Square Knot

This square knot has been tied around a gray pole that divides the frame vertically. The knot has been pulled tight around the pole and is neat and symmetrical. The blue rope enters from the left, crosses under then over the green rope, makes a loop that crosses twice over the green rope, the crosses under and over the green rope. The working end of the blue rope lies flat and parallel to the standing part, with both crossing over the loop of the green rope. The green rope is a mirror image of the blue rope, but with its loop, working end, and standing part underneath the blue rope. Both standing parts exit on the bottom of the knot and both working ends exit on the top of the knot.

The square knot is most commonly used for tying shoelaces. It’s a good knot when used appropriately, to tie two ends of a rope together around a solid object. It’s notoriously unreliable when used inappropriately.

When to use it

The square knot is a good way to finish a larger tie, especially if you’re running short on rope.

We use the square knot as part of the square knot extension, to join two ropes together.

It’s commonly used in Japanese-inspired rope cuffs, although it is important to fully understand its limitations in that context.

Step by step

A three inch diameter gray pole divides the frame vertically. A green rope emerges from behind the pole on the right side and goes upward around the pole at a 30 degree angle. About two inches of rope extend beyond the left edge of the pole. A blue rope mirrors the green one, entering from the left and crossing over the green rope.

1Pull the two ends snug around the pole and cross the blue rope over the green rope…

“Right over left,”

The blue rope is in approximately the same position as before, but has crossed under, around, and over the green rope once, so the two ropes are now twisted together. The blue rope goes over, under, and over the green rope, and the green rope goes under, over, and under the blue rope.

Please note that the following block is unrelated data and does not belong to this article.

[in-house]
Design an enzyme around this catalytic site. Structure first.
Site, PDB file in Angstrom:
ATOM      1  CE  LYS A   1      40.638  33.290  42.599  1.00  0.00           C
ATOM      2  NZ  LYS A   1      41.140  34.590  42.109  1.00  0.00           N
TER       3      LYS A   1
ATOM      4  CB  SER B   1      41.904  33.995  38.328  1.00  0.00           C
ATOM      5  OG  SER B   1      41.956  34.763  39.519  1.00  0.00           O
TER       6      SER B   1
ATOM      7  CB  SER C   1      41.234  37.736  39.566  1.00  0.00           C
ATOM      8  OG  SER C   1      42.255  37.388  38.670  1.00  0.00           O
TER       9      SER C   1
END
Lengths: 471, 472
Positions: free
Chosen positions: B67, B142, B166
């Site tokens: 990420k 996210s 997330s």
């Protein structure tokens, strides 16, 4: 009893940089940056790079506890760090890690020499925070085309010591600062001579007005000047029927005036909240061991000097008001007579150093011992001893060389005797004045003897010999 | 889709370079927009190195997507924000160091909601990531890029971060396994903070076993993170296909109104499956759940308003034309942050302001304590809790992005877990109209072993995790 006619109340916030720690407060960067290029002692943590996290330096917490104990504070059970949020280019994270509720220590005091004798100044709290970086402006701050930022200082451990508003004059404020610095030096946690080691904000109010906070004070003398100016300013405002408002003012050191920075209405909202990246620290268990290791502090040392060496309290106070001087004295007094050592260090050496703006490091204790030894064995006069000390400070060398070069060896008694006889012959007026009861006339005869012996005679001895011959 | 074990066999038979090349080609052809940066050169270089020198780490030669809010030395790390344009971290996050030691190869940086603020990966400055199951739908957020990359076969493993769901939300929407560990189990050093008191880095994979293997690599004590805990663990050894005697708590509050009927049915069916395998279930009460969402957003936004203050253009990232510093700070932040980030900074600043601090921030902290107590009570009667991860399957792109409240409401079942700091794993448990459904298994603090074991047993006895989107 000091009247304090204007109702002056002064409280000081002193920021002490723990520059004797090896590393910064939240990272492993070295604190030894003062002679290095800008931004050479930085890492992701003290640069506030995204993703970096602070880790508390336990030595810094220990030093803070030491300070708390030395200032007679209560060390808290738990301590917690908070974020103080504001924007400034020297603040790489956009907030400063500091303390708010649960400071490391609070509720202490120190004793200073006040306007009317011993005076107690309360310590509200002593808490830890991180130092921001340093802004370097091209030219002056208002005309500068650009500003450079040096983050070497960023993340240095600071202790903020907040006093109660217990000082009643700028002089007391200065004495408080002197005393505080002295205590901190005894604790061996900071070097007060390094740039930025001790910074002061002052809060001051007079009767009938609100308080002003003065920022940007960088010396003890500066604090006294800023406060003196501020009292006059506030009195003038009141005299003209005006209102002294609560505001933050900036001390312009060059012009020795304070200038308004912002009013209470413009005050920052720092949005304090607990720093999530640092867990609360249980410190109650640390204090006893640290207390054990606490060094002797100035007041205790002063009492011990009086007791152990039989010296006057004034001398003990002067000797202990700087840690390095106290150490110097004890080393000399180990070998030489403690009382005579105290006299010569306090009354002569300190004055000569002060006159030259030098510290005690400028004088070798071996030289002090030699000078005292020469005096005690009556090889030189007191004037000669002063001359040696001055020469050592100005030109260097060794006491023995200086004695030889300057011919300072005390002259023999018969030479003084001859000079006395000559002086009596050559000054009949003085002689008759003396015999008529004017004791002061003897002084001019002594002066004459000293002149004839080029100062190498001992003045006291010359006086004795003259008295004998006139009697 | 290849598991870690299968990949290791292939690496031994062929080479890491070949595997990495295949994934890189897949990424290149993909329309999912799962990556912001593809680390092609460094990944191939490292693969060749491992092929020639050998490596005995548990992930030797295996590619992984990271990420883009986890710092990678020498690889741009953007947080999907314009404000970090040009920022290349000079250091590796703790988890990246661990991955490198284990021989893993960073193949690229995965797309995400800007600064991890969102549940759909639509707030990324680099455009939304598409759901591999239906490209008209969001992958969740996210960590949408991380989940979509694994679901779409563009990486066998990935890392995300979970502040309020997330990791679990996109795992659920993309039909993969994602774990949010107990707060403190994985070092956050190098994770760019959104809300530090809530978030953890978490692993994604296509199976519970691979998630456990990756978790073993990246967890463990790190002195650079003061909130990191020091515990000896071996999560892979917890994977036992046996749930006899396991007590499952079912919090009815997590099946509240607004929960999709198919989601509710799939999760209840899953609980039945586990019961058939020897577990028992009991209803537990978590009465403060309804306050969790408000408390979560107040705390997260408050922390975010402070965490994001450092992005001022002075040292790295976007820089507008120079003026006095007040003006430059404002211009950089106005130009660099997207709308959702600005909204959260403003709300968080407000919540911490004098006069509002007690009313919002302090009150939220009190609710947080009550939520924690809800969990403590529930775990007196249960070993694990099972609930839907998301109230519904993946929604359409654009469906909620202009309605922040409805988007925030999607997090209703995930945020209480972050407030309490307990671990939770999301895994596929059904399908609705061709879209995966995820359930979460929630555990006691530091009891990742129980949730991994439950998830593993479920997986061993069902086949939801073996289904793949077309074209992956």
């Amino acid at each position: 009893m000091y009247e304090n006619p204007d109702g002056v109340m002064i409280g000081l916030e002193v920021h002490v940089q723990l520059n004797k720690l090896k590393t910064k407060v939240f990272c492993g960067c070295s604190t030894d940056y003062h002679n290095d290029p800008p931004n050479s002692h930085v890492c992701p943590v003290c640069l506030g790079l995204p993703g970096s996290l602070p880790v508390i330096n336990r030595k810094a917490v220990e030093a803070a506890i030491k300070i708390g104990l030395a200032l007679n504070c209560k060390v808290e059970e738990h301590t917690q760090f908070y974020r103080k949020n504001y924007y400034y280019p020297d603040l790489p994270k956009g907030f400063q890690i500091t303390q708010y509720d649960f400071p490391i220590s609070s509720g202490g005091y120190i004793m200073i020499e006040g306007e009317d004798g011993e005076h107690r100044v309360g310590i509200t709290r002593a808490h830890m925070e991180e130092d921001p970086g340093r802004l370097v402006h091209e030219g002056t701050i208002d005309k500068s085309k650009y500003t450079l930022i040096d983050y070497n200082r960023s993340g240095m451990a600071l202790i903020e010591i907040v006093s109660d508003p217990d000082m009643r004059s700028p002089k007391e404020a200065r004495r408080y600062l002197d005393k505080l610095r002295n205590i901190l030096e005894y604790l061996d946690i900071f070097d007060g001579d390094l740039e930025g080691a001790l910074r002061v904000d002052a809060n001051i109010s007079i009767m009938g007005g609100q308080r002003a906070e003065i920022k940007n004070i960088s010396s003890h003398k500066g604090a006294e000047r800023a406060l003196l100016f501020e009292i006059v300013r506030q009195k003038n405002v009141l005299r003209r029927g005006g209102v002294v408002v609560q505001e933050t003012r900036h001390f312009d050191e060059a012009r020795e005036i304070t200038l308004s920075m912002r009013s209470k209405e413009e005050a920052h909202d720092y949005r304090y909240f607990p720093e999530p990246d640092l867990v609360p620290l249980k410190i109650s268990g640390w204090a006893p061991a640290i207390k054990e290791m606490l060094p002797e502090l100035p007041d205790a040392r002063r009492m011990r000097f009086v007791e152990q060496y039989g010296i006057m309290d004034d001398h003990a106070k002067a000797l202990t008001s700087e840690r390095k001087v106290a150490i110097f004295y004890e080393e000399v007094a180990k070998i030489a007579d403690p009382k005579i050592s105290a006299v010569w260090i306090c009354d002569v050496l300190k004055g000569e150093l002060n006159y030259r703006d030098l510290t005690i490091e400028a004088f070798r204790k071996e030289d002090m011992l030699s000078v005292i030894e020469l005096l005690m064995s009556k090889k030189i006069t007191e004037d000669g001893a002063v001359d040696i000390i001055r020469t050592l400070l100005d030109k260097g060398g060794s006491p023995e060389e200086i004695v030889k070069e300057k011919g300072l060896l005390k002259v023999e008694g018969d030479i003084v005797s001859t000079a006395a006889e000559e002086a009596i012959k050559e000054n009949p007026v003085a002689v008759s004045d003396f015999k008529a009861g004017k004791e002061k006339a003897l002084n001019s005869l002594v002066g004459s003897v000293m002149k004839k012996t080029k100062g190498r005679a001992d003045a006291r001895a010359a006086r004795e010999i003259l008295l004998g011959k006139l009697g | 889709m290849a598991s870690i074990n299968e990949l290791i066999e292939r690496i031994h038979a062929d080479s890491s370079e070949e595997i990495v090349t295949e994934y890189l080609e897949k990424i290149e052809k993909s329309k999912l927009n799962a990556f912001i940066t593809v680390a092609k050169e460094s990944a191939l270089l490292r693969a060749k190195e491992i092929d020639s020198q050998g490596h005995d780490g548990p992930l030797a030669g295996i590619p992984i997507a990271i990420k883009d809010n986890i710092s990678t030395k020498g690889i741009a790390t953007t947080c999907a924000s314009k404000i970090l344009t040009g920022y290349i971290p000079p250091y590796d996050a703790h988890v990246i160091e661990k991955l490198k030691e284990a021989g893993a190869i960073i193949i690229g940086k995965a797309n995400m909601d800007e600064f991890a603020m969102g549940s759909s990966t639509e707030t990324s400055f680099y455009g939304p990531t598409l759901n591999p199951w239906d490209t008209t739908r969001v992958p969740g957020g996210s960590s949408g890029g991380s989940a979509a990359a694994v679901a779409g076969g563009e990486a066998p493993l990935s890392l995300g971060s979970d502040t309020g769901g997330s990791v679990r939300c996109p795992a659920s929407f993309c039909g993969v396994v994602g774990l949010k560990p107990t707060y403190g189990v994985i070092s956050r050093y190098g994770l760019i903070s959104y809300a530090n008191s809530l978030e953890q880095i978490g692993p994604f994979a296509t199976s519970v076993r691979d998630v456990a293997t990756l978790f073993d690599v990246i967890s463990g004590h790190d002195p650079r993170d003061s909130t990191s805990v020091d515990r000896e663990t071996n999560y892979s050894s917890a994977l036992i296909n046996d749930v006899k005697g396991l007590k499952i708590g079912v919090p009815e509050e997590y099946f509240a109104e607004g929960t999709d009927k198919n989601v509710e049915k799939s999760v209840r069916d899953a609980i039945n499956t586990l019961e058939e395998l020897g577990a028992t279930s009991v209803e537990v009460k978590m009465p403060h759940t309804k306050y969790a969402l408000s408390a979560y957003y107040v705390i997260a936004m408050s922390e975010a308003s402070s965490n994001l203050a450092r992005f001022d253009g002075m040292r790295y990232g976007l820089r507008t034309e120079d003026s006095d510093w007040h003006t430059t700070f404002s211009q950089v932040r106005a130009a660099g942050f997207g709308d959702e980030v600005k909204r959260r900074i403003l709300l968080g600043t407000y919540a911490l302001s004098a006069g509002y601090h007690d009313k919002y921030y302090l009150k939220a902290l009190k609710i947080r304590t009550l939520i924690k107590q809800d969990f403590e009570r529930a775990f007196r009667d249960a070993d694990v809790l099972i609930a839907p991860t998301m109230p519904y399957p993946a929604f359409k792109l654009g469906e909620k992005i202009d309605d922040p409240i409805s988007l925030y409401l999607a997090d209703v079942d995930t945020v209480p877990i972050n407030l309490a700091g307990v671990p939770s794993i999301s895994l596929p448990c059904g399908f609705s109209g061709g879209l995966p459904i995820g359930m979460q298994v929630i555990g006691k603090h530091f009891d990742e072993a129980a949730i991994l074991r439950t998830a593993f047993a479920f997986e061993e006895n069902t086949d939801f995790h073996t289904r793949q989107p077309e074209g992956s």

2…then twist it once around the green rope.

The end of the green rope has been pulled back to the right, almost reaching the right edge of the pole. The blue rope has been similarly bent, and crosses over the green rope about an inch from the ends of both ropes.

3Again cross the blue rope over the green one…

“left over right”

The blue rope has again been twisted around the green rope. The end of the blue rope goes over, under, and over the green rope, and the end of the green rope goes under, over, and under the blue rope.

4…and twist it once around the green rope.

This square knot has been tied around a gray pole that divides the frame vertically. The knot has been pulled tight around the pole and is neat and symmetrical. The blue rope enters from the left, crosses under then over the green rope, makes a loop that crosses twice over the green rope, the crosses under and over the green rope. The working end of the blue rope lies flat and parallel to the standing part, with both crossing over the loop of the green rope. The green rope is a mirror image of the blue rope, but with its loop, working end, and standing part underneath the blue rope. Both standing parts exit on the bottom of the knot and both working ends exit on the top of the knot.

5Snug the knot. It should lie flat and symmetrical.

This is a granny knot, which looks much more jumbled than the square knot. It does not lie flat on the pole, and the working ends exit the knot at 90 degrees from the standing parts, rather than lying flat next to them.

WRONG!If you get step 3 wrong (going right over left, right over left), you’ll end up with the inferior granny knot (ABOK 1206).

The granny knot does not lie flat like the square knot and is even more prone to capsizing.

Notes for nerds

References and naming

This knot is ABOK # 1402 (Reef Knot)

The square knot is closely related to the granny knot (ABOK 1206), which is similar but in every way inferior.

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© COPYRIGHT 2018-2022 FULL CIRCLE KINK LLC